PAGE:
Ingredients To Avoid In Skincare Products

Artificial Fragrances

Artificial fragrances are 95% derived from petrochemicals. The word "fragrance" on a label can indicate the presence of up to four thousand separate ingredients, many toxic or carcinogenic. Symptoms reported to the USA FDA include headaches, dizziness, allergic rashes, skin discoloration, violent coughing, vomiting, and skin irritation. Clinical observation proves that fragrances can affect the central nervous system, causing depression, hyperactivity, and irritability.

DEA (diethanolamine), MEA (monoethanolamine) & TEA (triethanolamine)

DEA and its derivatives are severely irritating to body tissues and possibly corrosive eye irritants. It can react with nitrites to form highly carcinogenic nitrosamines. Found in a wide range of household cleaning and personal-care products, especially shampoos, and studies revealed that it may inhibit brain development.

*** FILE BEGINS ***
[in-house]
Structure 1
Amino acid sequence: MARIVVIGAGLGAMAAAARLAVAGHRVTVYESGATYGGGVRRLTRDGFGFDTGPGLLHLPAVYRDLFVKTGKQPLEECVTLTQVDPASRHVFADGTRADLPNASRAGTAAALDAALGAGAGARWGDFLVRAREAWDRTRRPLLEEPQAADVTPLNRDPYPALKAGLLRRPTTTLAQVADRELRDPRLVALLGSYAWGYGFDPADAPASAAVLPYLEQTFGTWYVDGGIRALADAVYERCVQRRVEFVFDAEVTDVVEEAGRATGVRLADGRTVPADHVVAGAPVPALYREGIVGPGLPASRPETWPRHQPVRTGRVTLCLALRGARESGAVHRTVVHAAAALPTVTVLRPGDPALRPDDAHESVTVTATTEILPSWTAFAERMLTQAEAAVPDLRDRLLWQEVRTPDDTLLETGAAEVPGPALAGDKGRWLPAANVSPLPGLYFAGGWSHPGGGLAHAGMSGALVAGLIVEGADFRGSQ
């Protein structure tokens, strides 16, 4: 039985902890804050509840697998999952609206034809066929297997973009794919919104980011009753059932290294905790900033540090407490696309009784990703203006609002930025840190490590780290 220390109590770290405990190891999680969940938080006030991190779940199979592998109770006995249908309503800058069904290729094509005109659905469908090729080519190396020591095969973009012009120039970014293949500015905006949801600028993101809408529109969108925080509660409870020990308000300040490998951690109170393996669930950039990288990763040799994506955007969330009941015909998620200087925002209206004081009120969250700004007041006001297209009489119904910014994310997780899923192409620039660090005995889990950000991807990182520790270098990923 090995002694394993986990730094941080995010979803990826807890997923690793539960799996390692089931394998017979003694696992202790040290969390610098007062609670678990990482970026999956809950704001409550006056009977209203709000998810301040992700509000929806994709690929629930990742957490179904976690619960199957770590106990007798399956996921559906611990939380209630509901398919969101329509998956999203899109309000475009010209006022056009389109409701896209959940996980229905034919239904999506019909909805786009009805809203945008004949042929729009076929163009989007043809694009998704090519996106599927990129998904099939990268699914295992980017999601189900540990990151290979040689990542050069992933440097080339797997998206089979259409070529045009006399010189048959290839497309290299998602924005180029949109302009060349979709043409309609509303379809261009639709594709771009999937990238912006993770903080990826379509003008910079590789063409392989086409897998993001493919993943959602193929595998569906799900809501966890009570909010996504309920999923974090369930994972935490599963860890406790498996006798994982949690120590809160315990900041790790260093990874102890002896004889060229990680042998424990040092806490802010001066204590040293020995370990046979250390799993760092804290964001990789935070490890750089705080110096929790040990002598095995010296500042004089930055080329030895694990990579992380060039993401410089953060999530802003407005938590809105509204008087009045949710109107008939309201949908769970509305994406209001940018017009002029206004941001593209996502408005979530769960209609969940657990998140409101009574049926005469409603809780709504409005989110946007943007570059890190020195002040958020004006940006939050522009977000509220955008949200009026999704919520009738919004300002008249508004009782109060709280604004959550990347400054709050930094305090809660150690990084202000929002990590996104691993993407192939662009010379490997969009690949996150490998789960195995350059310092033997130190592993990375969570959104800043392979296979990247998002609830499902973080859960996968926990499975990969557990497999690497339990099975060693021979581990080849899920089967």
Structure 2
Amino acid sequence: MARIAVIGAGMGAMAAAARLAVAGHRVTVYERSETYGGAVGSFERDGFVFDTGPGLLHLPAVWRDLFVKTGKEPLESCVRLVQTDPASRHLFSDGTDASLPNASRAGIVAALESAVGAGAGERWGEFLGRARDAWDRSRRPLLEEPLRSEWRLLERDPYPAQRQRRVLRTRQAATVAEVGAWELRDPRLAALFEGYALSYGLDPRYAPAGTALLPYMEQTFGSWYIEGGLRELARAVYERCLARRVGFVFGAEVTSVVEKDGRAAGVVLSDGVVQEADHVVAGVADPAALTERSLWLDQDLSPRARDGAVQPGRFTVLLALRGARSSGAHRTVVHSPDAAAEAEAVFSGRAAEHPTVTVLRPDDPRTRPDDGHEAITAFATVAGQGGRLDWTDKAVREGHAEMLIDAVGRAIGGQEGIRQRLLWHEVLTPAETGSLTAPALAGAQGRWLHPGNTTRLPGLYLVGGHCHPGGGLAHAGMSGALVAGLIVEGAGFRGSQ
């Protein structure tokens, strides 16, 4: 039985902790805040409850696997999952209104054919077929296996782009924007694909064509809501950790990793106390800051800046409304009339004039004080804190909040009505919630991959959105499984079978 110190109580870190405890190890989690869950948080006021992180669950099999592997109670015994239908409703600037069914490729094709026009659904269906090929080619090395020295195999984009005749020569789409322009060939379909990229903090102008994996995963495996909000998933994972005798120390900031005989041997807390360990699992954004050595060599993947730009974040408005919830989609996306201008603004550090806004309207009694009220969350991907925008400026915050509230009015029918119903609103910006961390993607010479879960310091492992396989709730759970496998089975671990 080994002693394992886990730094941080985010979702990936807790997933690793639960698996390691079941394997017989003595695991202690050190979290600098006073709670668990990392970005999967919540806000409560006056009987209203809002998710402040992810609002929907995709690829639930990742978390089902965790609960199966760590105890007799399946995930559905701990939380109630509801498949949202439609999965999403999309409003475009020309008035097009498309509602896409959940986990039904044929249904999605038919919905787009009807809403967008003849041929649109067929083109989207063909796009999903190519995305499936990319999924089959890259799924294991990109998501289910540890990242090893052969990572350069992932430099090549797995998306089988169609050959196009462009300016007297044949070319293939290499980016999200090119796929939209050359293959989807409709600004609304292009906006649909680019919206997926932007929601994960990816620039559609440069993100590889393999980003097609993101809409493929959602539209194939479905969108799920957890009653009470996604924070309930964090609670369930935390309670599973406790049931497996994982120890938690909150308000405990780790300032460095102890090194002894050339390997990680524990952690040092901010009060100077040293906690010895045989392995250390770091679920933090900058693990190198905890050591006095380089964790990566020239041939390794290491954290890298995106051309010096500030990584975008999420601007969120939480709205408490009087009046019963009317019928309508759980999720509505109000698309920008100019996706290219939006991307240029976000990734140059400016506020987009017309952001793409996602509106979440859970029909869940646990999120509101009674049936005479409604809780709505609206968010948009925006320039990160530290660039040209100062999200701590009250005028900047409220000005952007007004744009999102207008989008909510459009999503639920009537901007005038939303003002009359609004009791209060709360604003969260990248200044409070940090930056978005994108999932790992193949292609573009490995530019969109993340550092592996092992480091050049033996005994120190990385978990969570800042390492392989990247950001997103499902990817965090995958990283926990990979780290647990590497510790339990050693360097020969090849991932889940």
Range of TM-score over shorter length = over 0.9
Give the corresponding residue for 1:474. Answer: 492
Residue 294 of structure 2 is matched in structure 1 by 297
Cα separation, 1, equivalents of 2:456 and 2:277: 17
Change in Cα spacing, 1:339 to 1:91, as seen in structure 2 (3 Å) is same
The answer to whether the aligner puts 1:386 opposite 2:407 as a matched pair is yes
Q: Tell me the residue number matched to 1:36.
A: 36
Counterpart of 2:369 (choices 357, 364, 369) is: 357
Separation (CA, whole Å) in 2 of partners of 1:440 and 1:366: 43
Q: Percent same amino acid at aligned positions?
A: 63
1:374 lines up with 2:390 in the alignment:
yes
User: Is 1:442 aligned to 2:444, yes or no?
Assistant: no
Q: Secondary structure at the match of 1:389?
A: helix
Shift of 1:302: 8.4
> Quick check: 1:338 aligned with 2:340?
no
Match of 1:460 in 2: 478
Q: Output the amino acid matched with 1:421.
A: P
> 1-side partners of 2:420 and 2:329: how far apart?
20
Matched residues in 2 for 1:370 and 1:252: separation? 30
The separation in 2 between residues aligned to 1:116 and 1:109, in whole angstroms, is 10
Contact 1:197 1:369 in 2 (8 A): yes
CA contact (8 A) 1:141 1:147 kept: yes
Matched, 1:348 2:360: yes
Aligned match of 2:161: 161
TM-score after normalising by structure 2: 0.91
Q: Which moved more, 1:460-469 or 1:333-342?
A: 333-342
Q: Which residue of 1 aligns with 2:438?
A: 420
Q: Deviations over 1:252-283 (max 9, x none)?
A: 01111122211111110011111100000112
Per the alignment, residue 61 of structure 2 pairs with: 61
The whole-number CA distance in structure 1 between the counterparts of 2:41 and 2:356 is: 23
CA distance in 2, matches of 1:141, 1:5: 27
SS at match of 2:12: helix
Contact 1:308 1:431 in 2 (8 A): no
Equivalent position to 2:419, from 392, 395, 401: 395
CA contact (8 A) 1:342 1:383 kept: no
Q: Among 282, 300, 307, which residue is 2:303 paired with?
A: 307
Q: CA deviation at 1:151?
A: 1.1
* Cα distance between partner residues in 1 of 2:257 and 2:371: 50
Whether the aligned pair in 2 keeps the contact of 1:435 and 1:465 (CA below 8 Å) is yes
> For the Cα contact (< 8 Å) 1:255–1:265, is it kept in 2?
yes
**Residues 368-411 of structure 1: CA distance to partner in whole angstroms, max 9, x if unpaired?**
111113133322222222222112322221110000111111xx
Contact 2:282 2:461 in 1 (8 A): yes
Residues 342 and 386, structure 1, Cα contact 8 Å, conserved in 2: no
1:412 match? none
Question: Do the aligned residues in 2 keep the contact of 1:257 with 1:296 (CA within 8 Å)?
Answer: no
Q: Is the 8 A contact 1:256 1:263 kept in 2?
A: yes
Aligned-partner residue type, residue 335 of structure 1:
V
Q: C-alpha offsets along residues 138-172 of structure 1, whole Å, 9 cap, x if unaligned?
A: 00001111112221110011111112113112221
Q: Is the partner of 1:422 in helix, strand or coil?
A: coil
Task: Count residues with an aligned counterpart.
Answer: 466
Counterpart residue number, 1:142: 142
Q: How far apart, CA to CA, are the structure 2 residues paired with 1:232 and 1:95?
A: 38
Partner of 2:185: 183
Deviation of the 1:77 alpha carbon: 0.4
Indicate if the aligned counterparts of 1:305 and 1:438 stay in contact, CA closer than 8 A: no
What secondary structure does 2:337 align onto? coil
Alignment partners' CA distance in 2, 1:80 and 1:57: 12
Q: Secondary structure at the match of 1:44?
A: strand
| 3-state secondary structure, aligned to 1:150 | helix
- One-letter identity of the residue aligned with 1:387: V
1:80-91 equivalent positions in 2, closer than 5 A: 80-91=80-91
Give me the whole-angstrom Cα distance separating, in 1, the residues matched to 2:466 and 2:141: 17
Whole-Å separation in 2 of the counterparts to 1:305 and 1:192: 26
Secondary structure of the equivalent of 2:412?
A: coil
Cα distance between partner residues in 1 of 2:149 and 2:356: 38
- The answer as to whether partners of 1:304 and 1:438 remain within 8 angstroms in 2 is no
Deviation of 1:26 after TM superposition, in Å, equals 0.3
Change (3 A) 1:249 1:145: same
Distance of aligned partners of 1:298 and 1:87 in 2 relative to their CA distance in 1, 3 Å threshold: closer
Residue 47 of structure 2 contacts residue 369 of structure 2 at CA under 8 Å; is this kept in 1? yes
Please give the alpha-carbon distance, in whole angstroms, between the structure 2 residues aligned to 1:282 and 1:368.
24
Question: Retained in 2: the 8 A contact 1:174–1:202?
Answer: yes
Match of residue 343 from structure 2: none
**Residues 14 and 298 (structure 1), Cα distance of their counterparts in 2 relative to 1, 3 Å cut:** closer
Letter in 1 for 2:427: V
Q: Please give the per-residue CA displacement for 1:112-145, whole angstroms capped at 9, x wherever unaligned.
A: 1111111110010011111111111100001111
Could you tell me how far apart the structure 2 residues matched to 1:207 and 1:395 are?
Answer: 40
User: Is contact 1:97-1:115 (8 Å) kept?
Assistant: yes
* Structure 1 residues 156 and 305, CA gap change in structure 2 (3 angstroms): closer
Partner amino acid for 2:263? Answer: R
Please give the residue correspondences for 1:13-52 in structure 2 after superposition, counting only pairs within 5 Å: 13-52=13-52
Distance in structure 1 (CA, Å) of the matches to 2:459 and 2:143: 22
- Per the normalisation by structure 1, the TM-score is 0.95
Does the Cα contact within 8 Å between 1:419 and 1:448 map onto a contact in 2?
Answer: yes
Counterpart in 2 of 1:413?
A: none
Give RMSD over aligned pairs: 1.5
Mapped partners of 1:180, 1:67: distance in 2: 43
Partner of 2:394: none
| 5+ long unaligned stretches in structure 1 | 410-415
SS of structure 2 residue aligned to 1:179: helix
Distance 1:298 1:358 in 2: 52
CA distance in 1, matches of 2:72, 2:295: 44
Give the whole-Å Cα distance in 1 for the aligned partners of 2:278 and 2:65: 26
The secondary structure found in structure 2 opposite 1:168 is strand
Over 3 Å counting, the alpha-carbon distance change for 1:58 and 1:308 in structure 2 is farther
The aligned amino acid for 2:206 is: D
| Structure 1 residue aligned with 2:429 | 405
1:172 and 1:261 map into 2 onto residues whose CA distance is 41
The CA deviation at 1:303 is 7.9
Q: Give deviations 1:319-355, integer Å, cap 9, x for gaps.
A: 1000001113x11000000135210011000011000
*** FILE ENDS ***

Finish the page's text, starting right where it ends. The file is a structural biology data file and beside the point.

FD&C Color Pigments

Artificial colors are made from petroleum and coal tar, and animal studies have shown almost all of them to be carcinogenic. They contain heavy metal salts that deposit toxins into the skin, causing skin sensitivity and are irritants to the skin and eyes. They are found on labels as "FD&C" or "D&C" and followed by a color and a number. Yellow, amber, green, or blue products are dyed with synthetic colors, and should be avoided at all costs. New studies also reveal that synthetic preservatives and artificial coloring agents are related to as aggravating Attention Deficit Disorder and Attention Deficit Hyperactivity Disorder symptoms, both in those affected by these disorders and in the general population.